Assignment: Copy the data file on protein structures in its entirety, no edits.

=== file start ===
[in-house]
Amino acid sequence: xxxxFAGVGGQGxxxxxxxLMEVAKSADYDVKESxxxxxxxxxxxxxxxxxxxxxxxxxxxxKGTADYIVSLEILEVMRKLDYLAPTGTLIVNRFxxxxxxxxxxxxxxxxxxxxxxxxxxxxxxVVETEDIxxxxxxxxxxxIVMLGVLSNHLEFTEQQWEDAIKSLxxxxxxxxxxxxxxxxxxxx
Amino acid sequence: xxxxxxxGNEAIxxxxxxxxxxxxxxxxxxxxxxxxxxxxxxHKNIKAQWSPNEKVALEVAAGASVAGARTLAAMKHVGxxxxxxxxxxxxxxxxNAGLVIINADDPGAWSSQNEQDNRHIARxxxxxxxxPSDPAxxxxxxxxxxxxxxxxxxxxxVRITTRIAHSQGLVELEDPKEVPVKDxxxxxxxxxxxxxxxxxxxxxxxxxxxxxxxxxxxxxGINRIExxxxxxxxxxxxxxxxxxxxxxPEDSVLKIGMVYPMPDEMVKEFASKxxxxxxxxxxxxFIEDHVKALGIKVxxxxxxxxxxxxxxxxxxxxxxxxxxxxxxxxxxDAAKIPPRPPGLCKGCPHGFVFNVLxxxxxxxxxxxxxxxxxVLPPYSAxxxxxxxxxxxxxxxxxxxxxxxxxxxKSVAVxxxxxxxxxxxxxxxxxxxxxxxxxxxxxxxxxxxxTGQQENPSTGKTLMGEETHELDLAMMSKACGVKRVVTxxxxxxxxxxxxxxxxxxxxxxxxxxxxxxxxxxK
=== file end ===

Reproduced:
[in-house]
Amino acid sequence: xxxxFAGVGGQGxxxxxxxLMEVAKSADYDVKESxxxxxxxxxxxxxxxxxxxxxxxxxxxxKGTADYIVSLEILEVMRKLDYLAPTGTLIVNRFxxxxxxxxxxxxxxxxxxxxxxxxxxxxxxVVETEDIxxxxxxxxxxxIVMLGVLSNHLEFTEQQWEDAIKSLxxxxxxxxxxxxxxxxxxxx
Amino acid sequence: xxxxxxxGNEAIxxxxxxxxxxxxxxxxxxxxxxxxxxxxxxHKNIKAQWSPNEKVALEVAAGASVAGARTLAAMKHVGxxxxxxxxxxxxxxxxNAGLVIINADDPGAWSSQNEQDNRHIARxxxxxxxxPSDPAxxxxxxxxxxxxxxxxxxxxxVRITTRIAHSQGLVELEDPKEVPVKDxxxxxxxxxxxxxxxxxxxxxxxxxxxxxxxxxxxxxGINRIExxxxxxxxxxxxxxxxxxxxxxPEDSVLKIGMVYPMPDEMVKEFASKxxxxxxxxxxxxFIEDHVKALGIKVxxxxxxxxxxxxxxxxxxxxxxxxxxxxxxxxxxDAAKIPPRPPGLCKGCPHGFVFNVLxxxxxxxxxxxxxxxxxVLPPYSAxxxxxxxxxxxxxxxxxxxxxxxxxxxKSVAVxxxxxxxxxxxxxxxxxxxxxxxxxxxxxxxxxxxxTGQQENPSTGKTLMGEETHELDLAMMSKACGVKRVVTxxxxxxxxxxxxxxxxxxxxxxxxxxxxxxxxxxK